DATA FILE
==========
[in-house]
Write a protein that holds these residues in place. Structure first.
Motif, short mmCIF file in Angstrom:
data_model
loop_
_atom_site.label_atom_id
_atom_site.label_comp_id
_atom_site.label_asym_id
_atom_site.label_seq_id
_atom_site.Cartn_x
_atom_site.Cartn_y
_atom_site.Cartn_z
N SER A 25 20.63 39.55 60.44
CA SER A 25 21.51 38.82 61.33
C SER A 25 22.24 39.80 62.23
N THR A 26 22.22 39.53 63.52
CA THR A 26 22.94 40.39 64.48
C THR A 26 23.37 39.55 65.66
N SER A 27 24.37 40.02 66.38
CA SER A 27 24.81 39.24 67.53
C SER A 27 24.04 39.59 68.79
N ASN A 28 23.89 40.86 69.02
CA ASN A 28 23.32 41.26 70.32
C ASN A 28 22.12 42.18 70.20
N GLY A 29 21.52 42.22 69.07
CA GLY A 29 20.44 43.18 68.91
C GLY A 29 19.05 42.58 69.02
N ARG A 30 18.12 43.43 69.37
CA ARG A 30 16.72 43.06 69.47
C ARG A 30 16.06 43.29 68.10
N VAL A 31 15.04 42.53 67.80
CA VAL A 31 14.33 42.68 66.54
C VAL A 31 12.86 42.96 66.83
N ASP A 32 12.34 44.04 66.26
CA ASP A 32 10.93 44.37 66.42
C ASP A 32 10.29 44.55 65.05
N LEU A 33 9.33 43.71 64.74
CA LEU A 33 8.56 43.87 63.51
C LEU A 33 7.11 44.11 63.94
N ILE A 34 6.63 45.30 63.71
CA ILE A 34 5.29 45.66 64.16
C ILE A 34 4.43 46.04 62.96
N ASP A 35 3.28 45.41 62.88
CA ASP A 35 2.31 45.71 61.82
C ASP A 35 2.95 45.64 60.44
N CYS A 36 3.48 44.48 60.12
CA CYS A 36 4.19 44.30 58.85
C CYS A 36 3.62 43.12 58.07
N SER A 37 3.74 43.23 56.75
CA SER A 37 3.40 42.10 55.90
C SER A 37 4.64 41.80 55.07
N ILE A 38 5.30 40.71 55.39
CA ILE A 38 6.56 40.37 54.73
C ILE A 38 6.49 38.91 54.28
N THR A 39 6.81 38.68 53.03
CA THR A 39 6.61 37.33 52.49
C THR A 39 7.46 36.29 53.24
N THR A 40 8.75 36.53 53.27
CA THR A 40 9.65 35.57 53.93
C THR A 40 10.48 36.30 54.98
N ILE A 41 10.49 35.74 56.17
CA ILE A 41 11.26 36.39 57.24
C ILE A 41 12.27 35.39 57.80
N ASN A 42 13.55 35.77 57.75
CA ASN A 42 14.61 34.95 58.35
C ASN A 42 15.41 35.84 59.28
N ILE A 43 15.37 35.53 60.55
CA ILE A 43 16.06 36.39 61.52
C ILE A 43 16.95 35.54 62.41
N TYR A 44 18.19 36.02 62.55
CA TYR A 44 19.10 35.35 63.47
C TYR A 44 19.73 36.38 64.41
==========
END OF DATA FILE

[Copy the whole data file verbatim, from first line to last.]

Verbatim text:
[in-house]
Write a protein that holds these residues in place. Structure first.
Motif, short mmCIF file in Angstrom:
data_model
loop_
_atom_site.label_atom_id
_atom_site.label_comp_id
_atom_site.label_asym_id
_atom_site.label_seq_id
_atom_site.Cartn_x
_atom_site.Cartn_y
_atom_site.Cartn_z
N SER A 25 20.63 39.55 60.44
CA SER A 25 21.51 38.82 61.33
C SER A 25 22.24 39.80 62.23
N THR A 26 22.22 39.53 63.52
CA THR A 26 22.94 40.39 64.48
C THR A 26 23.37 39.55 65.66
N SER A 27 24.37 40.02 66.38
CA SER A 27 24.81 39.24 67.53
C SER A 27 24.04 39.59 68.79
N ASN A 28 23.89 40.86 69.02
CA ASN A 28 23.32 41.26 70.32
C ASN A 28 22.12 42.18 70.20
N GLY A 29 21.52 42.22 69.07
CA GLY A 29 20.44 43.18 68.91
C GLY A 29 19.05 42.58 69.02
N ARG A 30 18.12 43.43 69.37
CA ARG A 30 16.72 43.06 69.47
C ARG A 30 16.06 43.29 68.10
N VAL A 31 15.04 42.53 67.80
CA VAL A 31 14.33 42.68 66.54
C VAL A 31 12.86 42.96 66.83
N ASP A 32 12.34 44.04 66.26
CA ASP A 32 10.93 44.37 66.42
C ASP A 32 10.29 44.55 65.05
N LEU A 33 9.33 43.71 64.74
CA LEU A 33 8.56 43.87 63.51
C LEU A 33 7.11 44.11 63.94
N ILE A 34 6.63 45.30 63.71
CA ILE A 34 5.29 45.66 64.16
C ILE A 34 4.43 46.04 62.96
N ASP A 35 3.28 45.41 62.88
CA ASP A 35 2.31 45.71 61.82
C ASP A 35 2.95 45.64 60.44
N CYS A 36 3.48 44.48 60.12
CA CYS A 36 4.19 44.30 58.85
C CYS A 36 3.62 43.12 58.07
N SER A 37 3.74 43.23 56.75
CA SER A 37 3.40 42.10 55.90
C SER A 37 4.64 41.80 55.07
N ILE A 38 5.30 40.71 55.39
CA ILE A 38 6.56 40.37 54.73
C ILE A 38 6.49 38.91 54.28
N THR A 39 6.81 38.68 53.03
CA THR A 39 6.61 37.33 52.49
C THR A 39 7.46 36.29 53.24
N THR A 40 8.75 36.53 53.27
CA THR A 40 9.65 35.57 53.93
C THR A 40 10.48 36.30 54.98
N ILE A 41 10.49 35.74 56.17
CA ILE A 41 11.26 36.39 57.24
C ILE A 41 12.27 35.39 57.80
N ASN A 42 13.55 35.77 57.75
CA ASN A 42 14.61 34.95 58.35
C ASN A 42 15.41 35.84 59.28
N ILE A 43 15.37 35.53 60.55
CA ILE A 43 16.06 36.39 61.52
C ILE A 43 16.95 35.54 62.41
N TYR A 44 18.19 36.02 62.55
CA TYR A 44 19.10 35.35 63.47
C TYR A 44 19.73 36.38 64.41